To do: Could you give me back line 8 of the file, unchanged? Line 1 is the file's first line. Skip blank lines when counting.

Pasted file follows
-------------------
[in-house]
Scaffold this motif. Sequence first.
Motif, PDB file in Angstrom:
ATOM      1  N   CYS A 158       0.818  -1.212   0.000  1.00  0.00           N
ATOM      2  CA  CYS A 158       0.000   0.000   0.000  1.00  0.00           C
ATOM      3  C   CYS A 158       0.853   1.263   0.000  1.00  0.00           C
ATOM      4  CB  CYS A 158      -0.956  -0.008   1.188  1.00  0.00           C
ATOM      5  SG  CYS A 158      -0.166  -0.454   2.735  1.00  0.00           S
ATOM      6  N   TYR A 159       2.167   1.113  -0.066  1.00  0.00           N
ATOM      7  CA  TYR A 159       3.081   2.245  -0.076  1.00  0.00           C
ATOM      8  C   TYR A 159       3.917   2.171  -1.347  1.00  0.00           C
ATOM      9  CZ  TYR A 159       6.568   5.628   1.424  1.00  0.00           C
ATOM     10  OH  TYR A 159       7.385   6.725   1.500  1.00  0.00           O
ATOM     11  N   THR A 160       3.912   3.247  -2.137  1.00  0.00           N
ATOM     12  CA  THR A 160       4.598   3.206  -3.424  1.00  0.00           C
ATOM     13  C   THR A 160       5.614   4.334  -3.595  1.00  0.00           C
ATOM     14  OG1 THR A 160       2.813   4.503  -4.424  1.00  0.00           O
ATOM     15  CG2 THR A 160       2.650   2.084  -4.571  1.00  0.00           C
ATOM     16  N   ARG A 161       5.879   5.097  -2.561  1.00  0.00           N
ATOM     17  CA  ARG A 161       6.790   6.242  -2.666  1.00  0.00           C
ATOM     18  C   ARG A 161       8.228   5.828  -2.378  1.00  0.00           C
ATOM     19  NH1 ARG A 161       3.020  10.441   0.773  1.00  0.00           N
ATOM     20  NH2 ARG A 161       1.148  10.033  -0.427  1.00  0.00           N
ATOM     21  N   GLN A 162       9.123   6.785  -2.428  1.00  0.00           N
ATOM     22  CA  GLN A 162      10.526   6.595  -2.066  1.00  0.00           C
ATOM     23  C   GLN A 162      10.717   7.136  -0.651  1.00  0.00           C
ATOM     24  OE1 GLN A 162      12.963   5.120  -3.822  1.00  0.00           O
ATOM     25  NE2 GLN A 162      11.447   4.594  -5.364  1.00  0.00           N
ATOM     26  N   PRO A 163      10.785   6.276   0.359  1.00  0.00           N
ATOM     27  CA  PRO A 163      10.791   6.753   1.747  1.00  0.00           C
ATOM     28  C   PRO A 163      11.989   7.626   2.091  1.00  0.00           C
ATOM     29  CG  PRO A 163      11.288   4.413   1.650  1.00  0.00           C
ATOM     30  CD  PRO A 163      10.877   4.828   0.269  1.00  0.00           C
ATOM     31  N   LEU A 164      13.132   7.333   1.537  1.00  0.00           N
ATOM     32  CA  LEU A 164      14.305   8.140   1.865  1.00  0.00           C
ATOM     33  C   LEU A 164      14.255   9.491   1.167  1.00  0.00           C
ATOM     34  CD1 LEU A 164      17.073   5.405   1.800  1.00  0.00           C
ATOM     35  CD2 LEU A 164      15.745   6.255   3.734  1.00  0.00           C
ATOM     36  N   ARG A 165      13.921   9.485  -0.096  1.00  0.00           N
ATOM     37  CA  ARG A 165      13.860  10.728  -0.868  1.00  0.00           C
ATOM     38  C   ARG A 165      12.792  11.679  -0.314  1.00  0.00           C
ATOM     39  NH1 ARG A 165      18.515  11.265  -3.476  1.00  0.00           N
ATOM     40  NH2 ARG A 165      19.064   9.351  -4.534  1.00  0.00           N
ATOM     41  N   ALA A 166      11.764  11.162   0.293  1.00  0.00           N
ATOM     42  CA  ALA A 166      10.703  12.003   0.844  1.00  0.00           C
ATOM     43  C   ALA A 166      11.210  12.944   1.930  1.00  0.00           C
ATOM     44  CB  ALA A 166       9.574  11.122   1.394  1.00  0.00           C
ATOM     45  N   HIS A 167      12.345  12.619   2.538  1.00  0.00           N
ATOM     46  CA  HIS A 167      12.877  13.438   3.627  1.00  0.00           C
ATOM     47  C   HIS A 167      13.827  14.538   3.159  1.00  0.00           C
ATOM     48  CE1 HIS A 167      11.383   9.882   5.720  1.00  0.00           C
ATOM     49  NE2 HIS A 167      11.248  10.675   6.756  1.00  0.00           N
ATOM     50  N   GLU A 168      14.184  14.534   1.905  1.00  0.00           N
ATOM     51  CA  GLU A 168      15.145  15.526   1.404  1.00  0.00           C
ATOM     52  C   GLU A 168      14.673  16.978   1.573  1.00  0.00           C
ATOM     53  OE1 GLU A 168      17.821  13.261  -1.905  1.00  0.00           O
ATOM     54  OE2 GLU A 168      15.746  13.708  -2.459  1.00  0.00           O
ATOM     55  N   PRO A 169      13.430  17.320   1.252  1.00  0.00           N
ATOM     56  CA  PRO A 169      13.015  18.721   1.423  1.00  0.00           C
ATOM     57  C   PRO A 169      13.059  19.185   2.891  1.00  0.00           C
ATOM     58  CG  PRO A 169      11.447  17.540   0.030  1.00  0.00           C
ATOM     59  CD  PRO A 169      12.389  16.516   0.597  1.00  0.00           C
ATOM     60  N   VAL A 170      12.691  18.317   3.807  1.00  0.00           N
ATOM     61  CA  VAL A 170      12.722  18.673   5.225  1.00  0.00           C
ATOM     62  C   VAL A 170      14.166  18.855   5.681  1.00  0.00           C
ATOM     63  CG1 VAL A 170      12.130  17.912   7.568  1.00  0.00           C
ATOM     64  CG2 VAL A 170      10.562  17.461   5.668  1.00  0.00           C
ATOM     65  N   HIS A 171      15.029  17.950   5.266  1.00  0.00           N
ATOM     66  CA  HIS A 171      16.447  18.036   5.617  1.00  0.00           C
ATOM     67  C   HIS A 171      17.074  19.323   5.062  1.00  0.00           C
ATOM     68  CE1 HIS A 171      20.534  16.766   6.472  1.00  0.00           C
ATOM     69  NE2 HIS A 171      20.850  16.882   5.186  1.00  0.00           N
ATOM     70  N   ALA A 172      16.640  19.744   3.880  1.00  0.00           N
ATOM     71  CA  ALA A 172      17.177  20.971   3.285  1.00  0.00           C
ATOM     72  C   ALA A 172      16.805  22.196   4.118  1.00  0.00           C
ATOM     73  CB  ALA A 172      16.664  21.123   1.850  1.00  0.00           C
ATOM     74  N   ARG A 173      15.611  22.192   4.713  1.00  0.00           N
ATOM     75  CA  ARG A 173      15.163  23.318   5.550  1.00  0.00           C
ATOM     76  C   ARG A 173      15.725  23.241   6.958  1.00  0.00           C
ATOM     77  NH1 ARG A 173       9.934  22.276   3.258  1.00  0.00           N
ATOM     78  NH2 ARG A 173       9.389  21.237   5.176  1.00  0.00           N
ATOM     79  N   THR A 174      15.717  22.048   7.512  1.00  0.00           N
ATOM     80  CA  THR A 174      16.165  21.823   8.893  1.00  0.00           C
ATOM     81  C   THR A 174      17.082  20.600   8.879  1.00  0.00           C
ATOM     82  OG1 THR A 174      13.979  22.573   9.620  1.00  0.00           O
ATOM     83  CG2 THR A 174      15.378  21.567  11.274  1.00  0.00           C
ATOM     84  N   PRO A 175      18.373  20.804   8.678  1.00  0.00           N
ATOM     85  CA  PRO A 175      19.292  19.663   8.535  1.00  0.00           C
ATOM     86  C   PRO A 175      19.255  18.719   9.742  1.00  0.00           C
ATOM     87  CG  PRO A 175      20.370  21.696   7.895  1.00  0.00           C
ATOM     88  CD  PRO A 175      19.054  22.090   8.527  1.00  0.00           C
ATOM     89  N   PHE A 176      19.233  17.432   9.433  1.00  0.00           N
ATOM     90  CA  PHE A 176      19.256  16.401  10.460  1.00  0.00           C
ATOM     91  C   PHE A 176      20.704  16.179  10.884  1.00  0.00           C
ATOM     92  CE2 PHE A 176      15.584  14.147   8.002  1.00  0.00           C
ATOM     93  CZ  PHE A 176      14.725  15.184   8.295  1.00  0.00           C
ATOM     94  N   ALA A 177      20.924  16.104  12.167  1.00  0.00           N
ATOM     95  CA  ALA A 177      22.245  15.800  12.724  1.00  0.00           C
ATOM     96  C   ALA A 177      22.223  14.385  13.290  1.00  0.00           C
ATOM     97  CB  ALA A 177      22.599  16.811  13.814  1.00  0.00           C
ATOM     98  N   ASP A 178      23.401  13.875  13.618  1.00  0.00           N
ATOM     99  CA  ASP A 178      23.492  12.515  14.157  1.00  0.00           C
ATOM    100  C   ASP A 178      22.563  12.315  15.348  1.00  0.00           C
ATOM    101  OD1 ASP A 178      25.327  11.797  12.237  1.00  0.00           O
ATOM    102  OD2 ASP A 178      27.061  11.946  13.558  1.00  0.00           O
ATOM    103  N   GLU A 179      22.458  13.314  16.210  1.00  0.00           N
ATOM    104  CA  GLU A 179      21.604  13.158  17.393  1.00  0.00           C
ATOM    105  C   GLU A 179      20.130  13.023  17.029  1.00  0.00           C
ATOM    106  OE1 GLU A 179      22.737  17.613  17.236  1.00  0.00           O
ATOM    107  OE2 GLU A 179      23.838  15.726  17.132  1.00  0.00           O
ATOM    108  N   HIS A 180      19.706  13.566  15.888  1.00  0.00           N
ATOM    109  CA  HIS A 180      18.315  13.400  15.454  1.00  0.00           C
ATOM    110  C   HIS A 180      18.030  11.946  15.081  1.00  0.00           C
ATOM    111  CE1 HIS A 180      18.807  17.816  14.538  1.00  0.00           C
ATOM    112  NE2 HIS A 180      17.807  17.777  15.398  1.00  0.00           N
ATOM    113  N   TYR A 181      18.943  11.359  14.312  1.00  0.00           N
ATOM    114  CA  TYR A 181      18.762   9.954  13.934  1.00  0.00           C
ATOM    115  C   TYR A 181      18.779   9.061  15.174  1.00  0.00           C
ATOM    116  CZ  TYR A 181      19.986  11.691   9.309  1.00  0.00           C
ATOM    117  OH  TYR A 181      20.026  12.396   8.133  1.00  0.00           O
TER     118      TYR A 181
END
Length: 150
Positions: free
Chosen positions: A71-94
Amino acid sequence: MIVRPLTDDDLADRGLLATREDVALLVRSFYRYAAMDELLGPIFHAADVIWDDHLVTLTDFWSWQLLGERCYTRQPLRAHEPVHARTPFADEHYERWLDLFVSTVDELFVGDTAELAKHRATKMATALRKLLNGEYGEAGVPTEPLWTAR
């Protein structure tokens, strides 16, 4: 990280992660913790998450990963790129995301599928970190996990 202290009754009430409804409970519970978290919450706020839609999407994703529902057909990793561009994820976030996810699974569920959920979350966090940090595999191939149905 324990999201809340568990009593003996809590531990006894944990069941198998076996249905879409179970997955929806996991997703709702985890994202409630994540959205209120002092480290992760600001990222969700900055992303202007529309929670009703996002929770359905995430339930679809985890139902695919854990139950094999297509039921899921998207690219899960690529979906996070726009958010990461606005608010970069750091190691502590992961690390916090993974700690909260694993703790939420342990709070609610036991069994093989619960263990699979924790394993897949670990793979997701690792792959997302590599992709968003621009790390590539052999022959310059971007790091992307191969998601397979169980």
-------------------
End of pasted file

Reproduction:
ATOM      5  SG  CYS A 158      -0.166  -0.454   2.735  1.00  0.00           S